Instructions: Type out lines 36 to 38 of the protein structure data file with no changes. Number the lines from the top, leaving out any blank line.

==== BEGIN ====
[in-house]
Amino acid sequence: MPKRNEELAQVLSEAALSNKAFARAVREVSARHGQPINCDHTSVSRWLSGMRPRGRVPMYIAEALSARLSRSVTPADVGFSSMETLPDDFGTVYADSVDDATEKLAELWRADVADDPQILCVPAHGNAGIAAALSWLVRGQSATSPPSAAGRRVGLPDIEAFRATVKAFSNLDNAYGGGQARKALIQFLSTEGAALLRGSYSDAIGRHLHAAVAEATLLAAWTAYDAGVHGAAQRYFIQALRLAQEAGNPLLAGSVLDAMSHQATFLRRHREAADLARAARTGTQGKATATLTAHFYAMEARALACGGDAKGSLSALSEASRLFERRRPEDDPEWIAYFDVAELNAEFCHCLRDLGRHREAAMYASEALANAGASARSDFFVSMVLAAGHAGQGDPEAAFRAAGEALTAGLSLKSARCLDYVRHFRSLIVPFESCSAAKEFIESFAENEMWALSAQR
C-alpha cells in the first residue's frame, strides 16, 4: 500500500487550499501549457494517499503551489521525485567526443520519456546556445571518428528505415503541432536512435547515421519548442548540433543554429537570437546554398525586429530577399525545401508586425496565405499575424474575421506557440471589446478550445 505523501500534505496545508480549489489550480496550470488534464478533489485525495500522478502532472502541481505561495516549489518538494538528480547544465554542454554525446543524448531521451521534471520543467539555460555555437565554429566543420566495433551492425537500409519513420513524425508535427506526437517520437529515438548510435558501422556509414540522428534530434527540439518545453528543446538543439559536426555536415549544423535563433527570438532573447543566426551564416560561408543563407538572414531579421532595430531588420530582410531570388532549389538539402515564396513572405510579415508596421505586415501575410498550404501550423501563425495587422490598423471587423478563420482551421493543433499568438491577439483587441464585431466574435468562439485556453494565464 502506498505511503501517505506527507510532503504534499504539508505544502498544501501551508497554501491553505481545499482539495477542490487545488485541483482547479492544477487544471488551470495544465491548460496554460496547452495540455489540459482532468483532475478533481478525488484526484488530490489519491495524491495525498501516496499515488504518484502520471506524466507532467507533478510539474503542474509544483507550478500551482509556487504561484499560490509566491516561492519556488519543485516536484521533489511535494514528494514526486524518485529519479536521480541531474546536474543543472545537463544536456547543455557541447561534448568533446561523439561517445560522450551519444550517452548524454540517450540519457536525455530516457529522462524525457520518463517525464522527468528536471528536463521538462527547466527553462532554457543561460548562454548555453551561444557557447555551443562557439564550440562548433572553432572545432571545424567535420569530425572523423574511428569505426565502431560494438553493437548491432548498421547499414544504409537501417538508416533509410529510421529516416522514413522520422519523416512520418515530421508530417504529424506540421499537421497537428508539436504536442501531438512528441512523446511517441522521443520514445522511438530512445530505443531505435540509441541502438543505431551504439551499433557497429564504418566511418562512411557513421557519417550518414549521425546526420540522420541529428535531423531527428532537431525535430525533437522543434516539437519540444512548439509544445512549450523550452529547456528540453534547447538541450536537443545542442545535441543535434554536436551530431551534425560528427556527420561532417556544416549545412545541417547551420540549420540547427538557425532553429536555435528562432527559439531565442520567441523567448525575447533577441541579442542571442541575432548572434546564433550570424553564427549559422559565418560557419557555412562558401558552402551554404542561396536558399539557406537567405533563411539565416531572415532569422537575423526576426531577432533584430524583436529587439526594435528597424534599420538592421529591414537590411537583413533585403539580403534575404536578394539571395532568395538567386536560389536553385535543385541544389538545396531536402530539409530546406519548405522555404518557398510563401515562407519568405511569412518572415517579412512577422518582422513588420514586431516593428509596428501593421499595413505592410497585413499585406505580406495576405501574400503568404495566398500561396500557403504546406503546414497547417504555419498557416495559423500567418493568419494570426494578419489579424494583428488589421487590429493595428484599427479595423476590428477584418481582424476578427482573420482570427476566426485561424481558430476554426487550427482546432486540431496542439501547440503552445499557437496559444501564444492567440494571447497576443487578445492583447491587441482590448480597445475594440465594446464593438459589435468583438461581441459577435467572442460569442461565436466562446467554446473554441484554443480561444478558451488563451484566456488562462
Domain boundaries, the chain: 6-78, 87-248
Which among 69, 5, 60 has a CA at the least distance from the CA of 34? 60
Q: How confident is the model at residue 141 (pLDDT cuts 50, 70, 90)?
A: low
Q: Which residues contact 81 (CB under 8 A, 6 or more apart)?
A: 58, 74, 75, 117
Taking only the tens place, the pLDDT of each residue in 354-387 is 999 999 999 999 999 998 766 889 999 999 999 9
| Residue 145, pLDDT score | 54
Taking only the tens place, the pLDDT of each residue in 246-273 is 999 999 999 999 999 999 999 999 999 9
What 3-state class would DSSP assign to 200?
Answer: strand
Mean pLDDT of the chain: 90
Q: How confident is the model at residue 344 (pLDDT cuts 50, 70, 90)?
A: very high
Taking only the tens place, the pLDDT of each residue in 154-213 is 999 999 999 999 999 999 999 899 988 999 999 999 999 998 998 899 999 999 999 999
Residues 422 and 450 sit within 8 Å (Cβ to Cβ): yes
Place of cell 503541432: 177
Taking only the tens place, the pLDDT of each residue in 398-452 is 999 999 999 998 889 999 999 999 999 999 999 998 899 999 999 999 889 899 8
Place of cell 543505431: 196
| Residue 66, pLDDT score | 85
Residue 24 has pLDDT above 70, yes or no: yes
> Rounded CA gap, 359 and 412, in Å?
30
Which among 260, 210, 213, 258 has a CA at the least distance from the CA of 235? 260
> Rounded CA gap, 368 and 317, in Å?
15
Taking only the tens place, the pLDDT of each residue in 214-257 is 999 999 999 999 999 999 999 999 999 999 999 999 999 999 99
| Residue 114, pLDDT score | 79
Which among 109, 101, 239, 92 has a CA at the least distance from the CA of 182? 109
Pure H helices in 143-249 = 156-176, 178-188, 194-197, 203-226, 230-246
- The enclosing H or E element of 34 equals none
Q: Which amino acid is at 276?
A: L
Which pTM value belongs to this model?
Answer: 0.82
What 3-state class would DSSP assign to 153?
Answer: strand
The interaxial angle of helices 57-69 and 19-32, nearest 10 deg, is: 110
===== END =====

A: L
Which pTM value belongs to this model?
Answer: 0.82